5
public static <E extends Enum<E>> boolean validateEnum(Class<E> clazz, String s) {
    return EnumSet.allOf(clazz).stream().anyMatch(e -> e.name().equals(s));
}

Following is an example invocation of the above method

boolean isValid = validateEnum(Animal.class, "DOG");
boolean isValid = validateEnum(Color.class, "Red");

Can this same functionality be implemented using a Java 8 FunctionalInterface. I have tried creating a BiPredicate but am getting compiler errors when I try this.

final BiPredicate<String,Class> biPre = (string1, clazz) -> EnumSet.allOf(clazz).stream().anyMatch(e -> e.name().equals(s));
2
  • 1
    final BiPredicate<String,Class> biPre to final BiPredicate<String,Class<Animal>> biPre ? Jan 22, 2019 at 4:17
  • Thats not generic. If I need to implement a validateEnum for another Enum I will need to create a new BiPredicate
    – ArunM
    Jan 22, 2019 at 4:24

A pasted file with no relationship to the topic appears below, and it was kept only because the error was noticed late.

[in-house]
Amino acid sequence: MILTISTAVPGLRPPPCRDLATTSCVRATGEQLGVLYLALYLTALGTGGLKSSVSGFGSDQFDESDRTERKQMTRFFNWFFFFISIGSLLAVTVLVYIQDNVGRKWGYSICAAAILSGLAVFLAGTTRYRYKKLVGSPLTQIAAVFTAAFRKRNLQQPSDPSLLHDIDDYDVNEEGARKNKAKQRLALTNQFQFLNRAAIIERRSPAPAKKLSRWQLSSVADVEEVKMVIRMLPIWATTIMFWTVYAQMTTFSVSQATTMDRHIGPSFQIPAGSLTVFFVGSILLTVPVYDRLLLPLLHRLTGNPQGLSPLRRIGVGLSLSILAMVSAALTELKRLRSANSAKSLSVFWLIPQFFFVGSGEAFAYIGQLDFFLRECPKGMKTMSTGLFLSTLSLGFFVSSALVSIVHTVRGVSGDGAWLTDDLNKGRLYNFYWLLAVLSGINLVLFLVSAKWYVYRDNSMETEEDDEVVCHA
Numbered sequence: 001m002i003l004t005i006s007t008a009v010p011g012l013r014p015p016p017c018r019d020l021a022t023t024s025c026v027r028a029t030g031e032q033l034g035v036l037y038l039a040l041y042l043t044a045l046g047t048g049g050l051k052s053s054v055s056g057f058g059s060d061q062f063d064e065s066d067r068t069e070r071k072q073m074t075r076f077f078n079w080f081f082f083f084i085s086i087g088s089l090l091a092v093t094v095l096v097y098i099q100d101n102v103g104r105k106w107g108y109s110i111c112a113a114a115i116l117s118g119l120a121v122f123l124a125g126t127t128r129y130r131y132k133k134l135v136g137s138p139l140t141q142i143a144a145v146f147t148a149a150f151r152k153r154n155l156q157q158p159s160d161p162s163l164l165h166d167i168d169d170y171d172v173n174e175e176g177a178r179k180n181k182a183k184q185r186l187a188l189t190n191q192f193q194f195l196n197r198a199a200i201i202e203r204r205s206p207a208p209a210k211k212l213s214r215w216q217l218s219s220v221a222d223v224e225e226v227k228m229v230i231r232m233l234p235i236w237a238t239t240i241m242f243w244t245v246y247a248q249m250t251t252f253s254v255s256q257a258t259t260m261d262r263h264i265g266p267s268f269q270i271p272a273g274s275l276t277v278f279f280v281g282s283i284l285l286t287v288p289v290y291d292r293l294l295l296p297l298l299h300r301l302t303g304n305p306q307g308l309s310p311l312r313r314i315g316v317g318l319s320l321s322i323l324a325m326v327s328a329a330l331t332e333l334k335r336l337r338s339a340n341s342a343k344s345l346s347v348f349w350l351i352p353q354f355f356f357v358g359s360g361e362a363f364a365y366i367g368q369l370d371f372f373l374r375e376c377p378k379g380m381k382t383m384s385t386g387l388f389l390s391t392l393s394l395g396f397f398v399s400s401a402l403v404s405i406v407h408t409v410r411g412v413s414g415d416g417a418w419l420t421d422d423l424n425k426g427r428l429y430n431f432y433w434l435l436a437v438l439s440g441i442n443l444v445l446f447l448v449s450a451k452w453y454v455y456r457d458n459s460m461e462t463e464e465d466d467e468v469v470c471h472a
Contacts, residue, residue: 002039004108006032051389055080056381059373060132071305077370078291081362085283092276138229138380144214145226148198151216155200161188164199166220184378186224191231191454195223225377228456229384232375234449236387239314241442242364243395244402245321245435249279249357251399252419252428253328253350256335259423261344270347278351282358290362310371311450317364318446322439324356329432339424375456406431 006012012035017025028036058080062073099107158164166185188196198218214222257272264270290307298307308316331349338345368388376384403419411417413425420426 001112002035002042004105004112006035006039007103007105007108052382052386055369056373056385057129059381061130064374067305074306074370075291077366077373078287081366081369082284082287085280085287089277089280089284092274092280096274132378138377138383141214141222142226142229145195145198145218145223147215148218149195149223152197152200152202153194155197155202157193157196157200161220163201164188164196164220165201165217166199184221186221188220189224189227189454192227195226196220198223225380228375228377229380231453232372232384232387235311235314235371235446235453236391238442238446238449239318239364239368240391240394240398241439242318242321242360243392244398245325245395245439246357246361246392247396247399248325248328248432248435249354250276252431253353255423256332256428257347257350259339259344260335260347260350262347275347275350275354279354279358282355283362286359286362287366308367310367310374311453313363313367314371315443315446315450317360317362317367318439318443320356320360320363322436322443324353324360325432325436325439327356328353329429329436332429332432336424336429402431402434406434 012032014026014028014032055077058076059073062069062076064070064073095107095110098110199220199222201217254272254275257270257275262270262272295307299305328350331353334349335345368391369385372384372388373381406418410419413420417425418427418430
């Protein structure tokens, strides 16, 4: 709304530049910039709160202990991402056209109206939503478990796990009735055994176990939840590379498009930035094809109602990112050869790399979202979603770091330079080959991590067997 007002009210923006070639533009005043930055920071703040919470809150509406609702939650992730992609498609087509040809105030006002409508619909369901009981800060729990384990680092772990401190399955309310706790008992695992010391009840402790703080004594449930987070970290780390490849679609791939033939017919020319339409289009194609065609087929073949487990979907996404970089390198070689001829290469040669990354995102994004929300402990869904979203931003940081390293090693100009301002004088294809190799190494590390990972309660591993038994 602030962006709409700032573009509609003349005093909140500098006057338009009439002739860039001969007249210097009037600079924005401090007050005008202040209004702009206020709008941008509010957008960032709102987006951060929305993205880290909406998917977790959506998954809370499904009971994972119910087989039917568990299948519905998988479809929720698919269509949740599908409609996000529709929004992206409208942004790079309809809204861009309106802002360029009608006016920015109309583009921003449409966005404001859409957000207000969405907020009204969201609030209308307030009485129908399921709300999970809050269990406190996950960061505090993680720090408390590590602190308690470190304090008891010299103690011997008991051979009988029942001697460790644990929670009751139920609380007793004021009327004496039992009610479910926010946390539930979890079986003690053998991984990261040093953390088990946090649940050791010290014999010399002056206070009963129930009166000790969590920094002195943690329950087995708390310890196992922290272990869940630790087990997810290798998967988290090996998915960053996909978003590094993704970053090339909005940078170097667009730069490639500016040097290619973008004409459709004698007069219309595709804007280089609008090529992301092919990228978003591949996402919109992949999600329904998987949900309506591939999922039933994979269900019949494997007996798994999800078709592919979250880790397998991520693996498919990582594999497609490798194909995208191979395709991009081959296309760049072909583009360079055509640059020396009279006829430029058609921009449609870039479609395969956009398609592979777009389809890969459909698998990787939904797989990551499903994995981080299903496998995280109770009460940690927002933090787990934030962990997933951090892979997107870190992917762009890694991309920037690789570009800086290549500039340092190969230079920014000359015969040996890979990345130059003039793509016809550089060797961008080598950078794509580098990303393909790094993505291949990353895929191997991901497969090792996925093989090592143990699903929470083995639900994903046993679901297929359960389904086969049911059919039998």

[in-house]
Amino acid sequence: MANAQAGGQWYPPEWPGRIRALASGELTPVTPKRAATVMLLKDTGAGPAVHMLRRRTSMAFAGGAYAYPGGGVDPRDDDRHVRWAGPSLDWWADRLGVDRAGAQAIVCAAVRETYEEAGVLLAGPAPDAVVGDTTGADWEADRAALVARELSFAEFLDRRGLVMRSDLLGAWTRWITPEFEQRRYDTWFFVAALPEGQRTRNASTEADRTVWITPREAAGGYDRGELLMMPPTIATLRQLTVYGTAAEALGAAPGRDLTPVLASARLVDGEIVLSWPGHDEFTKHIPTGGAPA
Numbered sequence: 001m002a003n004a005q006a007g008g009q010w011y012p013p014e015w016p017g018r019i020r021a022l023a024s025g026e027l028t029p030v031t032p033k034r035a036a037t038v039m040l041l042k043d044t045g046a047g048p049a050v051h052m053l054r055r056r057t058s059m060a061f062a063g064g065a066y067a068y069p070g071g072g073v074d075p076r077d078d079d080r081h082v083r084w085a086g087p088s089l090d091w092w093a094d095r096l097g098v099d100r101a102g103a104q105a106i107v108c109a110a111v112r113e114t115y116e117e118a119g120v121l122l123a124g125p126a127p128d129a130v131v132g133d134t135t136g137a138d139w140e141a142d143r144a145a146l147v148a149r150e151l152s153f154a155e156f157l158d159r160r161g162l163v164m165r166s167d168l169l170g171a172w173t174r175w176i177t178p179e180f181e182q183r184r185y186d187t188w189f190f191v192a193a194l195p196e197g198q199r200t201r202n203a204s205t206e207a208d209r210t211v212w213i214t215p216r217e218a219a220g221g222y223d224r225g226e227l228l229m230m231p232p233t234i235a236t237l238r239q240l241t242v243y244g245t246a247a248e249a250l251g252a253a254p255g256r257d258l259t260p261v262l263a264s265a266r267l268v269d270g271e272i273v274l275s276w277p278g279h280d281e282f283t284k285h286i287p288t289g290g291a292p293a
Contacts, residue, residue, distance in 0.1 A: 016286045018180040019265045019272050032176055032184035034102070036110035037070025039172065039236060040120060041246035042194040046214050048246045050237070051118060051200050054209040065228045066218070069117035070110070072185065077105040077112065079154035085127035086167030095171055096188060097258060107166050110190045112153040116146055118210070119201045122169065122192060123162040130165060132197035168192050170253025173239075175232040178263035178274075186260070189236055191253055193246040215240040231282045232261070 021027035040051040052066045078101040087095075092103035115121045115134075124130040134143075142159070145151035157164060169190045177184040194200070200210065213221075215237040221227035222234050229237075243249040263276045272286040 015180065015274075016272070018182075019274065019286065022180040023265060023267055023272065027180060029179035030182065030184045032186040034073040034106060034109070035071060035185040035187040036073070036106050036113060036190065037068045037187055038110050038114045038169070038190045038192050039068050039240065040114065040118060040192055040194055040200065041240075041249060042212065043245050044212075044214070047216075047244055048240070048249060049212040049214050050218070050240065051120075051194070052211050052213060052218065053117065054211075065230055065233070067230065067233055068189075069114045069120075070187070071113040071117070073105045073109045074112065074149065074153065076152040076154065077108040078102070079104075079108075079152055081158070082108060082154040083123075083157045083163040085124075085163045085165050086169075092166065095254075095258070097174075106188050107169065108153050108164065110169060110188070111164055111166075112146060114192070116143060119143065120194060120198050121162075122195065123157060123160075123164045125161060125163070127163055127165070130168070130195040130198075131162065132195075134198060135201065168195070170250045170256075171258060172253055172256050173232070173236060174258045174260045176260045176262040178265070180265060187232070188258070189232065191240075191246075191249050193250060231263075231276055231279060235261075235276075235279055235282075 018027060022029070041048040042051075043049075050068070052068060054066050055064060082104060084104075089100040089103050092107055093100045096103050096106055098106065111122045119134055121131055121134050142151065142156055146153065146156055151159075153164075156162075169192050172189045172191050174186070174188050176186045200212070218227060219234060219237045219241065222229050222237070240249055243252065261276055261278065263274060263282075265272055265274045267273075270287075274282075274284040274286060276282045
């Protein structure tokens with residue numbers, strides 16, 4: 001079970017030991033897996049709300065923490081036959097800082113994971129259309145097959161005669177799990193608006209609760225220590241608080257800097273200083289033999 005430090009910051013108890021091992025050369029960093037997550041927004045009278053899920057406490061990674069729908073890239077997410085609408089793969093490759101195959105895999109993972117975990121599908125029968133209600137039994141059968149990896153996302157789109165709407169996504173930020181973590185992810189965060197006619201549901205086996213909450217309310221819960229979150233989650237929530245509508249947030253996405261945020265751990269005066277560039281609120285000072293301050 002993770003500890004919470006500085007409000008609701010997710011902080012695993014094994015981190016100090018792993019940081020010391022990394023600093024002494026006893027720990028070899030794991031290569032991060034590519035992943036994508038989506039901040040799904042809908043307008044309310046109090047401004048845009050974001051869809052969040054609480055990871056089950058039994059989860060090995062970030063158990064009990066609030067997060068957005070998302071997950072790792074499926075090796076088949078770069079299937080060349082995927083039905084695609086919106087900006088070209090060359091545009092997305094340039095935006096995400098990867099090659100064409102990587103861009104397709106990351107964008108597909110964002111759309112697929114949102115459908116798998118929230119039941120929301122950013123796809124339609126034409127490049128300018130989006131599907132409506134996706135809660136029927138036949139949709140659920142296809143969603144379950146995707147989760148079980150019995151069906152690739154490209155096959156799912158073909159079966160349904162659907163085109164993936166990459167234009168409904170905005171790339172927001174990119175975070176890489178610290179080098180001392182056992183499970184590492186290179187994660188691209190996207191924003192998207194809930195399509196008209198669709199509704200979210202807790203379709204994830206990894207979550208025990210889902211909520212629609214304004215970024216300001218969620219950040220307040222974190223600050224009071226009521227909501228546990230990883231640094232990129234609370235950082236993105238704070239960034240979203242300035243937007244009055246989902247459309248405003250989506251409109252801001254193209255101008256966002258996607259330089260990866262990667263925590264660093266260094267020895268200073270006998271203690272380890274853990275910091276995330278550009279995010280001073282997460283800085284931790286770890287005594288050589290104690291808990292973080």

2 Answers 2

6

Here's a one way of doing it,

final BiPredicate<String, ? super Enum<?>> biPre = (string1, enumType) -> EnumSet
        .allOf(enumType.getDeclaringClass()).stream().anyMatch(e -> e.name().equals(string1));

And here's the client code,

boolean test = biPre.test("DOG", Animal.CAT);

However passing an enum constant instead of a class literal seems a bit awkward here.

If you really need to use the type token here's what you should do,

final BiPredicate<String, Class<? extends Enum<?>>> biPre = (string1, clazz) -> Arrays
    .stream(clazz.getEnumConstants()).anyMatch(e -> e.name().equals(string1));

The client now looks like this,

boolean test = biPre.test("DOG", Animal.class);
2

You have to declare the class in which the biPre is defined as generic similar to the function validateEnum.

public class Test<E extends Enum<E>> {
    BiPredicate<String,Class<E>> biPre = (string1,clazz) -> EnumSet.allOf(clazz).stream().anyMatch(e -> e.name().equals(string1));
}

Then you can test it like this:

boolean isValid = biPre.test( "DOG", (Class<E>) Animal.class);

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